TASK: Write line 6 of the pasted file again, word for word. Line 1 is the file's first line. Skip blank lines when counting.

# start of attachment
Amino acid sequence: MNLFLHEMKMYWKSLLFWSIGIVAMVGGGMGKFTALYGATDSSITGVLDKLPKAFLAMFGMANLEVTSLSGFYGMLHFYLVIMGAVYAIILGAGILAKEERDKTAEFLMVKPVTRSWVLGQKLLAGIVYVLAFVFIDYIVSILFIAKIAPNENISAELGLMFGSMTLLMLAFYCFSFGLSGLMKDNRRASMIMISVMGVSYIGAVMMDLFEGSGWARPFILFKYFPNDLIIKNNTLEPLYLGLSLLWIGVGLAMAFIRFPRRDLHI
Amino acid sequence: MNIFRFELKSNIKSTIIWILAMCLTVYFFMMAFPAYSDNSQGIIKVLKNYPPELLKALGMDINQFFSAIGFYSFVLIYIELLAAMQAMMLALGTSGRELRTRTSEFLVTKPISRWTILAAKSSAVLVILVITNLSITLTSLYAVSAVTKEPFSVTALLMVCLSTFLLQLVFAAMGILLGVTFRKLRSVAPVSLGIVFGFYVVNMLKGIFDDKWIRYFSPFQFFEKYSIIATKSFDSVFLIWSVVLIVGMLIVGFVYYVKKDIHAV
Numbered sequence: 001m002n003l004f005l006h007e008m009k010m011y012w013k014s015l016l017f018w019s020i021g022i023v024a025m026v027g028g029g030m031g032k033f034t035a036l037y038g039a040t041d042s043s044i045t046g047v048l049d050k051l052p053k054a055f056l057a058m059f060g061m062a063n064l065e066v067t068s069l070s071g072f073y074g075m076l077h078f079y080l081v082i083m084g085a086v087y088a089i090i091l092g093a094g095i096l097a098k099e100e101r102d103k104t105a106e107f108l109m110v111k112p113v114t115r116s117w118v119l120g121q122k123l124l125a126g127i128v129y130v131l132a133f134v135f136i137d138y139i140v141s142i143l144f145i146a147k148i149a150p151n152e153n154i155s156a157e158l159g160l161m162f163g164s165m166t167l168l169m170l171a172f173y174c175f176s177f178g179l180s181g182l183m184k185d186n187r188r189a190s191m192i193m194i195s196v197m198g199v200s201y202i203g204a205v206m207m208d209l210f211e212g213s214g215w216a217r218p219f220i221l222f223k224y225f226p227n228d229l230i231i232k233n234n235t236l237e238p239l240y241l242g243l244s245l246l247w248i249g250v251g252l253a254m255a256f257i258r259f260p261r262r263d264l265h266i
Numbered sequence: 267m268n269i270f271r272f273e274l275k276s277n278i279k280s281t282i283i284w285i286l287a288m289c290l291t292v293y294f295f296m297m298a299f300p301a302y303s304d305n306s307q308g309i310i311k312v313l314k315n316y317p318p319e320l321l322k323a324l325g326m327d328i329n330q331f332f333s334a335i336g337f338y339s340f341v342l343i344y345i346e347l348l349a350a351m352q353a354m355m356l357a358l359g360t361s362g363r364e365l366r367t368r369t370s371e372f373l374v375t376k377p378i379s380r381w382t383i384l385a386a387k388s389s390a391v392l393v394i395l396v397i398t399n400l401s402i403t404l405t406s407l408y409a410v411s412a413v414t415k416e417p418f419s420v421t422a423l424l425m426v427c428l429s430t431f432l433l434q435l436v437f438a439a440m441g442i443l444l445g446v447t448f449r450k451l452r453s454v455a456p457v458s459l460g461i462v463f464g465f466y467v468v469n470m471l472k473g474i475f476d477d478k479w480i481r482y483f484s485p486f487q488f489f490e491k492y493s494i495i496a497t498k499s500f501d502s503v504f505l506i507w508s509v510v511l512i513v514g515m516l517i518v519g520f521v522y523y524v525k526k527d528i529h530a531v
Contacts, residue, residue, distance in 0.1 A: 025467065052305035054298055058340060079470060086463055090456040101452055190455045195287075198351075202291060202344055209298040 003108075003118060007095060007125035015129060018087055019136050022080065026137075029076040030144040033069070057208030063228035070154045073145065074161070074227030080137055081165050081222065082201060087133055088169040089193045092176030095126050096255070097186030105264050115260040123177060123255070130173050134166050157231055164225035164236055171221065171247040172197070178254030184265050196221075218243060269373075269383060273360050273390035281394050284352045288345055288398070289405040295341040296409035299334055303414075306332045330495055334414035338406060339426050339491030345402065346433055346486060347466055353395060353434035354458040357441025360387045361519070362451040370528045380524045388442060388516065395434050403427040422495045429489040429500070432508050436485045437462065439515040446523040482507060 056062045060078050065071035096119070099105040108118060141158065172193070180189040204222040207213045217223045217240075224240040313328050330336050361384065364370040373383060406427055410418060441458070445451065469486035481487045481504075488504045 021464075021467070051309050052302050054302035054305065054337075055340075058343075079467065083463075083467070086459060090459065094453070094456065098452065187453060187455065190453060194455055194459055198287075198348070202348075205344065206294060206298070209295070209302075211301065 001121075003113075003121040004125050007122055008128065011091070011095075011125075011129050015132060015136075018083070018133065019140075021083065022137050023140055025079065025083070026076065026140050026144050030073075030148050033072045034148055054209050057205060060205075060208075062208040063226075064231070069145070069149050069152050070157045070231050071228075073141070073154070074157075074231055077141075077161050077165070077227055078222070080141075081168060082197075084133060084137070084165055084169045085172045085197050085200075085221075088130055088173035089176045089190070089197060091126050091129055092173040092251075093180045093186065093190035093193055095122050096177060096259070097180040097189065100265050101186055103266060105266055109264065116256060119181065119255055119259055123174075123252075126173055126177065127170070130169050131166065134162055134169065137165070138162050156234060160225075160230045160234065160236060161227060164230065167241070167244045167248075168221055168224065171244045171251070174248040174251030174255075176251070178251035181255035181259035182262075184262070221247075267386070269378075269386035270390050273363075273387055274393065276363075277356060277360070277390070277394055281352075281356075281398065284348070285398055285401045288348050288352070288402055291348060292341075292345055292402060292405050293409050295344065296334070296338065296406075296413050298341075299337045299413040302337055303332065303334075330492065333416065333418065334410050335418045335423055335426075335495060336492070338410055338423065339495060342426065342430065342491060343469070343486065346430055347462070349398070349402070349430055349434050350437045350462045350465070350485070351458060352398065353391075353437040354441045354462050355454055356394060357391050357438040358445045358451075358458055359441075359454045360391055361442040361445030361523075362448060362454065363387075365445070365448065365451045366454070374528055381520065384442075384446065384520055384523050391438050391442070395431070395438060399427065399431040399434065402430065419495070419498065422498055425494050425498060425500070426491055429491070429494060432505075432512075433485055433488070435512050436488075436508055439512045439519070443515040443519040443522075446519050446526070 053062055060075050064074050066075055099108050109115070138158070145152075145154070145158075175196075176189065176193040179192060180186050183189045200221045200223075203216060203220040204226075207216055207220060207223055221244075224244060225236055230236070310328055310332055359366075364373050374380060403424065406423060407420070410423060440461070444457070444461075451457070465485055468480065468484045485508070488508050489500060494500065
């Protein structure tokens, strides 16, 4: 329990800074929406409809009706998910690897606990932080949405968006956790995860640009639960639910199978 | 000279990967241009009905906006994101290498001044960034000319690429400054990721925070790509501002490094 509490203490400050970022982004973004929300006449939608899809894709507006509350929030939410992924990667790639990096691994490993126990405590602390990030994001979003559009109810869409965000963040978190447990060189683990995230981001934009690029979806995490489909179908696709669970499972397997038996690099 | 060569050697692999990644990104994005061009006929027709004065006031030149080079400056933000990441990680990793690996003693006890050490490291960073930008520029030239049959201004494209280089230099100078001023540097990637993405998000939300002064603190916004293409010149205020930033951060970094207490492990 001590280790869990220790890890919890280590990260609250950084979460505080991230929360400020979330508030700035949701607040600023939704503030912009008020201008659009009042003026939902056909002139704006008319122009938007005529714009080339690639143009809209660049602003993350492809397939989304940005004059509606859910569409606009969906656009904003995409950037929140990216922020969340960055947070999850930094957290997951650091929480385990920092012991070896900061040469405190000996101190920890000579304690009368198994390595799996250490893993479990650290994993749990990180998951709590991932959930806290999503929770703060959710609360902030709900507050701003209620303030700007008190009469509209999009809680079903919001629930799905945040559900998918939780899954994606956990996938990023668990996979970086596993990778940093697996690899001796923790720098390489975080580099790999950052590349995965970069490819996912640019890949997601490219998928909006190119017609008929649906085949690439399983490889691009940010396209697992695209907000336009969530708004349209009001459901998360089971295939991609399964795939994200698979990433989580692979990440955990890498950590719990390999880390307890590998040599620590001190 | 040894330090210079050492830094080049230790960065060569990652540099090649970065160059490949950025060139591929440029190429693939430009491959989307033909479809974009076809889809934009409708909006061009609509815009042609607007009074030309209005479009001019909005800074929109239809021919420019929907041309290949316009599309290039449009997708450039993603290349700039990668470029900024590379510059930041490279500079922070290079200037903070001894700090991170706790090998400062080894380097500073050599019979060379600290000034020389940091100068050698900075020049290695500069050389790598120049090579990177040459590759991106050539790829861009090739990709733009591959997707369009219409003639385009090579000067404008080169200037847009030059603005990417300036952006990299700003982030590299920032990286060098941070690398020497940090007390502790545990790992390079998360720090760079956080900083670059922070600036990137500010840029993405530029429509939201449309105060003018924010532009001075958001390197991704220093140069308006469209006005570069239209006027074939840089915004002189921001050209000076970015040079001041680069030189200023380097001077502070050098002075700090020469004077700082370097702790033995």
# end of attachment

């Protein structure tokens, strides 16, 4: 329990800074929406409809009706998910690897606990932080949405968006956790995860640009639960639910199978 | 000279990967241009009905906006994101290498001044960034000319690429400054990721925070790509501002490094 509490203490400050970022982004973004929300006449939608899809894709507006509350929030939410992924990667790639990096691994490993126990405590602390990030994001979003559009109810869409965000963040978190447990060189683990995230981001934009690029979806995490489909179908696709669970499972397997038996690099 | 060569050697692999990644990104994005061009006929027709004065006031030149080079400056933000990441990680990793690996003693006890050490490291960073930008520029030239049959201004494209280089230099100078001023540097990637993405998000939300002064603190916004293409010149205020930033951060970094207490492990 001590280790869990220790890890919890280590990260609250950084979460505080991230929360400020979330508030700035949701607040600023939704503030912009008020201008659009009042003026939902056909002139704006008319122009938007005529714009080339690639143009809209660049602003993350492809397939989304940005004059509606859910569409606009969906656009904003995409950037929140990216922020969340960055947070999850930094957290997951650091929480385990920092012991070896900061040469405190000996101190920890000579304690009368198994390595799996250490893993479990650290994993749990990180998951709590991932959930806290999503929770703060959710609360902030709900507050701003209620303030700007008190009469509209999009809680079903919001629930799905945040559900998918939780899954994606956990996938990023668990996979970086596993990778940093697996690899001796923790720098390489975080580099790999950052590349995965970069490819996912640019890949997601490219998928909006190119017609008929649906085949690439399983490889691009940010396209697992695209907000336009969530708004349209009001459901998360089971295939991609399964795939994200698979990433989580692979990440955990890498950590719990390999880390307890590998040599620590001190 | 040894330090210079050492830094080049230790960065060569990652540099090649970065160059490949950025060139591929440029190429693939430009491959989307033909479809974009076809889809934009409708909006061009609509815009042609607007009074030309209005479009001019909005800074929109239809021919420019929907041309290949316009599309290039449009997708450039993603290349700039990668470029900024590379510059930041490279500079922070290079200037903070001894700090991170706790090998400062080894380097500073050599019979060379600290000034020389940091100068050698900075020049290695500069050389790598120049090579990177040459590759991106050539790829861009090739990709733009591959997707369009219409003639385009090579000067404008080169200037847009030059603005990417300036952006990299700003982030590299920032990286060098941070690398020497940090007390502790545990790992390079998360720090760079956080900083670059922070600036990137500010840029993405530029429509939201449309105060003018924010532009001075958001390197991704220093140069308006469209006005570069239209006027074939840089915004002189921001050209000076970015040079001041680069030189200023380097001077502070050098002075700090020469004077700082370097702790033995």